Thursday, August 10, 2023

#IReadsYou Review: NIGHT OF THE GHOUL #2

comiXology/Best Jacket Press

STORY: Scott Snyder
ART: Francesco Francavilla
COLORS: Francesco Francavilla
LETTERS: Andworld Design
EDITOR: Will Dennis
COVER: Francesco Francavilla
24pp, Colors, 3.99 U.S. (November 2021)

Age Rating: 15+

Night of the Ghoul co-created by Scott Snyder and Francesco Francavilla

Episode 02

Night of the Ghoul is a digital comic book miniseries created by writer Scott Snyder and artist Francesco Francavilla.  It is published by comiXology as part of its “comiXology Originals” line of digital comics.  This six-issue series will later be collected in trade paperback form by Dark Horse Comics.  Night of the Ghoul focuses on the dark conspiracy behind a lost horror film from 1936.

Night of the Ghoul finds film fanatic, Forest Innman, and his son, Orson, at an old folks home deep in the desert.  There, Forest meets one of the home's residents, Charles Patrick, who is really T.F. Merritt, a screenwriter and film director from the Golden Age of Hollywood.  In 1936, Merritt shot a a cursed horror film, “Night of the Ghoul,” that never made it to the silver screen.  A mysterious studio fire destroyed the footage and killed the cast and crew at the wrap-party.  The film became a legend, but no footage was ever recovered … until Forest finds some footage.  And the trouble begins.

Night of the Ghoul #2 opens inside the film, “Night of the Ghoul,” in the scene explaining what “the Ghoul” is.  Later, World War I ends and Sgt. Kurt Powell of Eagle Company returns to America with his fellow soldier, Johnny.  However, something is wrong with Kurt, and when he is reunited with Alex, his young son, the boy recognizes it immediately.  Johnny and Alex also overhear two officers from the ship that brought them home discussing something quite unsettling.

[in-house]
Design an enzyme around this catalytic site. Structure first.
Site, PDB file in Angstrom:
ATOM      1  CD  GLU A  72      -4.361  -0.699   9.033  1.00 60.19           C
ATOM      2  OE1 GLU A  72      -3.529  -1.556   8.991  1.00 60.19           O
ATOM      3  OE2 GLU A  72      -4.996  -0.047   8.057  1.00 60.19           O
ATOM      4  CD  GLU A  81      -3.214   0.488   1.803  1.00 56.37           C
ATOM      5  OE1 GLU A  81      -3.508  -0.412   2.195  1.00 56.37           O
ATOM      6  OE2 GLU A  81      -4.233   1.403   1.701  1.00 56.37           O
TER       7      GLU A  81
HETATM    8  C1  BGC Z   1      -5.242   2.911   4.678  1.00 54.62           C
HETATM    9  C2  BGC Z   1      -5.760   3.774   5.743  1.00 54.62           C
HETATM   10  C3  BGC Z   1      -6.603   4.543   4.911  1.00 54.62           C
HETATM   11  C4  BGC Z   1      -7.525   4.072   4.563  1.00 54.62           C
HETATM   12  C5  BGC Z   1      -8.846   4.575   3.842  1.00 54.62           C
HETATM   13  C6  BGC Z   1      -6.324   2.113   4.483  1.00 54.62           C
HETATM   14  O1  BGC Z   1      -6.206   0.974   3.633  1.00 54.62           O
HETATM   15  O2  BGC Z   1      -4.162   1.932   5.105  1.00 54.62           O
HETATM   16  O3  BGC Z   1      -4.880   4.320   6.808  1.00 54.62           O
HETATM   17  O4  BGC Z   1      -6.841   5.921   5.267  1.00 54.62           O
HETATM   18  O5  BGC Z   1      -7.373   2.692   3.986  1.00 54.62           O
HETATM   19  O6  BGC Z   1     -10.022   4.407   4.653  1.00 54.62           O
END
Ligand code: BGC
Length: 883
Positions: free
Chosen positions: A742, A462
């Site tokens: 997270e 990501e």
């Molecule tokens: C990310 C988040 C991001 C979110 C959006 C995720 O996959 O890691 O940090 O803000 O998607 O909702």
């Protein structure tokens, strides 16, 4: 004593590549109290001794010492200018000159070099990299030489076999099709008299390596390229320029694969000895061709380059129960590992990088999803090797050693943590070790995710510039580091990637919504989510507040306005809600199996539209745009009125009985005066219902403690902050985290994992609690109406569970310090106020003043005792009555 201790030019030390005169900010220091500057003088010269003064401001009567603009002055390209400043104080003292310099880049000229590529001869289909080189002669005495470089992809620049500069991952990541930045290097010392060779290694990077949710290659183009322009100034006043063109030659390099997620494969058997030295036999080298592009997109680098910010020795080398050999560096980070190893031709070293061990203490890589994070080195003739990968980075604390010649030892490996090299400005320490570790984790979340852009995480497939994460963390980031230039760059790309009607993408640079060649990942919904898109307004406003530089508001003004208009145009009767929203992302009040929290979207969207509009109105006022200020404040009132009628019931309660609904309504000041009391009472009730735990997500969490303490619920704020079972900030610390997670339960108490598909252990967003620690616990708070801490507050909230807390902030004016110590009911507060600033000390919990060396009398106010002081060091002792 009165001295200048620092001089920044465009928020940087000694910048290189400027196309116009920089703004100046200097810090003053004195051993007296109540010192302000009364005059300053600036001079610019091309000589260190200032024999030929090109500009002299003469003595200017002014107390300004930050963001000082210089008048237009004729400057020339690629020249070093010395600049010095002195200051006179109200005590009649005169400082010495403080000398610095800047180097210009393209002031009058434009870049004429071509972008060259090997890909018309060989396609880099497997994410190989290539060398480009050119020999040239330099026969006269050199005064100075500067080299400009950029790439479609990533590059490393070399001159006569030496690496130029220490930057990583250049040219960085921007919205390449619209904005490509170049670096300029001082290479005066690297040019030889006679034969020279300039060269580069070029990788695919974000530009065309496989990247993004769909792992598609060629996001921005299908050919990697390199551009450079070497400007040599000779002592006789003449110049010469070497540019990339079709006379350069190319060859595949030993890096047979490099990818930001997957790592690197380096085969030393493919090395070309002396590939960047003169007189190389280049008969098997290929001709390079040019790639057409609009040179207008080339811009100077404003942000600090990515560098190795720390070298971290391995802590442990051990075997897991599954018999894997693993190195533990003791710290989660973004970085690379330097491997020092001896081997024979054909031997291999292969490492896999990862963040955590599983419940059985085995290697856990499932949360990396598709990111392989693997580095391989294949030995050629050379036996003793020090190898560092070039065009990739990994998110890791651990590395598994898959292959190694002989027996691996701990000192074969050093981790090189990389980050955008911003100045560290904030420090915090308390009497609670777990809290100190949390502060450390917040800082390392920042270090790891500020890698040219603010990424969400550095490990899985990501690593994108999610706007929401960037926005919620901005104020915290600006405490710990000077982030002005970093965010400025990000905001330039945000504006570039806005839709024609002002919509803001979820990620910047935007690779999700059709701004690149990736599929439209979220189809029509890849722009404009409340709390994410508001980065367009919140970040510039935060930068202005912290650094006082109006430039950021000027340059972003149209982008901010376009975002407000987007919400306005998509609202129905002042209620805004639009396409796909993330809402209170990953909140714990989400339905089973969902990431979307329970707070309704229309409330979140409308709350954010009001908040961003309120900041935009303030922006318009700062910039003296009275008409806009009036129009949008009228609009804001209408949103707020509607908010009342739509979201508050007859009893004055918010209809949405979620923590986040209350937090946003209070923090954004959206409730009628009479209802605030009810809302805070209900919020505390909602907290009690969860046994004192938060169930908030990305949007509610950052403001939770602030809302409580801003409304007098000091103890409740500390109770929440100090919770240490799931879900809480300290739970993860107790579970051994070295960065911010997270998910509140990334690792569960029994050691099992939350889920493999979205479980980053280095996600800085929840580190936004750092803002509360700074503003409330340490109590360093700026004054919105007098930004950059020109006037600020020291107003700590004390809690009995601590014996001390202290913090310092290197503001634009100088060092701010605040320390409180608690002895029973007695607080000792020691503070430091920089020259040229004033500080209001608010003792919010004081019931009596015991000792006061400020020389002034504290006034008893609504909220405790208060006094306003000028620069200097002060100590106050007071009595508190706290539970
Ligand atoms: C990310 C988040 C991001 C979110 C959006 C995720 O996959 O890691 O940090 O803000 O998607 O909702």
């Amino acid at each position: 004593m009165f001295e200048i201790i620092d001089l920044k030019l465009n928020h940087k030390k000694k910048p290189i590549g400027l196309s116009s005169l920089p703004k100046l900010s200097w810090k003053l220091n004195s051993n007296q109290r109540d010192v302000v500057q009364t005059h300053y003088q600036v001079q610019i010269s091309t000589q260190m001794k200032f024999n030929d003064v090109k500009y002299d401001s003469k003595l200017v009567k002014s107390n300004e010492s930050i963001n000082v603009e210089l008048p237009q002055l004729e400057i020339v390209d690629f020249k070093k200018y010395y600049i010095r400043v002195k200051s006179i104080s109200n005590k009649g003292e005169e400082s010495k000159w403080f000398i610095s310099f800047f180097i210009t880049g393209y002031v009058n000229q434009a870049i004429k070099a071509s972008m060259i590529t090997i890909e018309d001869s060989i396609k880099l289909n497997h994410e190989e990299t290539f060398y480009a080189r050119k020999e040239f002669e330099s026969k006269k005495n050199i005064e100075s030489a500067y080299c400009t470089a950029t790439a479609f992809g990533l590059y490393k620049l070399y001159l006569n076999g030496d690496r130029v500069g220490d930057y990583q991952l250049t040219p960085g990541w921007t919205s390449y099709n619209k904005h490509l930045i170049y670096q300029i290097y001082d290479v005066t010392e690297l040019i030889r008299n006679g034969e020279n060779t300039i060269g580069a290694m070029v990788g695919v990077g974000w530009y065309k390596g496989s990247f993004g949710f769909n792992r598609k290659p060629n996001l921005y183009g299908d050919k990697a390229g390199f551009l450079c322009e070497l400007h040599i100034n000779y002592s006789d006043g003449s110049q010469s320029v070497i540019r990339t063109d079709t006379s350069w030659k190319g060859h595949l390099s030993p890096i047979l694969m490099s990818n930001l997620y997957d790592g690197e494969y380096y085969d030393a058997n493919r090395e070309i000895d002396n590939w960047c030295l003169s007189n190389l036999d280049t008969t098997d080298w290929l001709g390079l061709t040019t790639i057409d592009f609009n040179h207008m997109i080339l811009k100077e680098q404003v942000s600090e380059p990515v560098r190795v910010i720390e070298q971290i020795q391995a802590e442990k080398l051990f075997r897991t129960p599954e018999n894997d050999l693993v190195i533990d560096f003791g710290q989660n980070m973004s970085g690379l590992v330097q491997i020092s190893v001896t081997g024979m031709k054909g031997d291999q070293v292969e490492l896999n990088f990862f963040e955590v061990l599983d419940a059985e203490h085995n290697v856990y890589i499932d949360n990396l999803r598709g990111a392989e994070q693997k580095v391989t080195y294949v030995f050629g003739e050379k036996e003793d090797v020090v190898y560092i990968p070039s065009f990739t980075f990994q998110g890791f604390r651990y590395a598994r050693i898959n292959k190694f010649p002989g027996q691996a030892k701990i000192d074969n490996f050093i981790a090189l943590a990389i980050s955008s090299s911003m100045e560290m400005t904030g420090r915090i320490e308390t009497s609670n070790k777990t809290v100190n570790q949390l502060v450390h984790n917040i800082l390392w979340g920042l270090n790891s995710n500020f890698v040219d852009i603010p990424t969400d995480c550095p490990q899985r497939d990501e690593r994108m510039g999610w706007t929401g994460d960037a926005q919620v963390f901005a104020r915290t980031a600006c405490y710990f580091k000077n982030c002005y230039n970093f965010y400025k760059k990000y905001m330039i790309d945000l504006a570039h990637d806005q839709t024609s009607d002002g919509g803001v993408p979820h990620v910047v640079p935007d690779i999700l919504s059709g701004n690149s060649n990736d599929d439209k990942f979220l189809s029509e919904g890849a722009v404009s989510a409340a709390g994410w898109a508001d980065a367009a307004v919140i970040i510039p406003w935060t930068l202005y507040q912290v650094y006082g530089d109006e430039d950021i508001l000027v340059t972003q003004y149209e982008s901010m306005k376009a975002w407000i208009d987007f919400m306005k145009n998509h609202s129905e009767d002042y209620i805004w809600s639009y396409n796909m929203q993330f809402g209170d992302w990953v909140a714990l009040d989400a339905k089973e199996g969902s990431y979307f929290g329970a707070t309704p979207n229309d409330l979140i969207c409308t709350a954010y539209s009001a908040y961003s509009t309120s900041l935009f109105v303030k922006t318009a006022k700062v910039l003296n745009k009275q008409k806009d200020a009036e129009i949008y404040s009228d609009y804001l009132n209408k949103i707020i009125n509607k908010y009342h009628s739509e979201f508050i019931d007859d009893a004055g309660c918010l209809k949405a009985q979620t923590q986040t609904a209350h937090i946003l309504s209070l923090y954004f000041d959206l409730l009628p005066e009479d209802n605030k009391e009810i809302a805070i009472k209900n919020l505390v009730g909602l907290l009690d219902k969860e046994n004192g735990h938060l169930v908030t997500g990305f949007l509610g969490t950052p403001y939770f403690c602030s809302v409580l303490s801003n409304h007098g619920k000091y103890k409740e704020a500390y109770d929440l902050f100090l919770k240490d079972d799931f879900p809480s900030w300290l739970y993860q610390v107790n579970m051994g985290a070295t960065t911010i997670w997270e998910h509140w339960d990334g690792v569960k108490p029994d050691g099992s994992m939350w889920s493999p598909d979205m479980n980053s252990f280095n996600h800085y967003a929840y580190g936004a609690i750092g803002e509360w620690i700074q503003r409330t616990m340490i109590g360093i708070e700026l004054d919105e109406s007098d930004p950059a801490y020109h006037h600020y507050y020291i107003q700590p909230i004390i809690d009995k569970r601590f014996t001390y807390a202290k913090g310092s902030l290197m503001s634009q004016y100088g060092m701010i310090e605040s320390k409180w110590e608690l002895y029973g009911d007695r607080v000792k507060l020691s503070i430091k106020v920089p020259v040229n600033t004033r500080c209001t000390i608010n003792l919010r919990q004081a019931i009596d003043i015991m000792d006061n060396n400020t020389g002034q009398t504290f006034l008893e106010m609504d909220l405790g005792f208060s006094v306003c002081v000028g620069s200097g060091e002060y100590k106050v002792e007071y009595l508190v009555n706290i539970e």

Leaving the film, the story returns to the nursing home.  There, Merritt explains his fate since the destruction of his film.  He also forces Forest to admit that he knows more than he has let on to the old man.  What is “The Order of the Fly?”  Meanwhile, Orson is trying to escape from his father by leaving the old folks' home, but he is discovering a series of disturbing things about the place.

THE LOWDOWN:  Francavilla and Snyder continue to work as a single creative unit; at least, that is the sense I get when I read this hugely entertaining comic.  However, the star here is artist Francesco Francavilla, whose seamlessly transforms Synder's script into the kind of spooky, atmospheric comics that is his signature work – such as Afterlife with Archie and The Black Beetle.

On Page 14, Francavilla draws Orson descending a staircase at the old folks' home.  Shadows that look like bony fingers reach out towards him, and for me, that image recalls the late Edward Gorey's animations for the opening of the television series, “PBS Mystery!”  It is both beautiful and delightfully scary.

I am recommending Night of the Ghoul because it is the kind of horror comic book that makes me remember my earliest horror comics experiences – Charlton Comics and Warren Publishing.  As I said in my review of issue #1, this is the kind of comic book that gives me a reason to keep reading comic books.

I READS YOU RECOMMENDS:  Fans of Scott Snyder and of Francesco Francavilla will want to try Night of the Ghoul.


Reviewed by Leroy Douresseaux a.k.a. "I Reads You"

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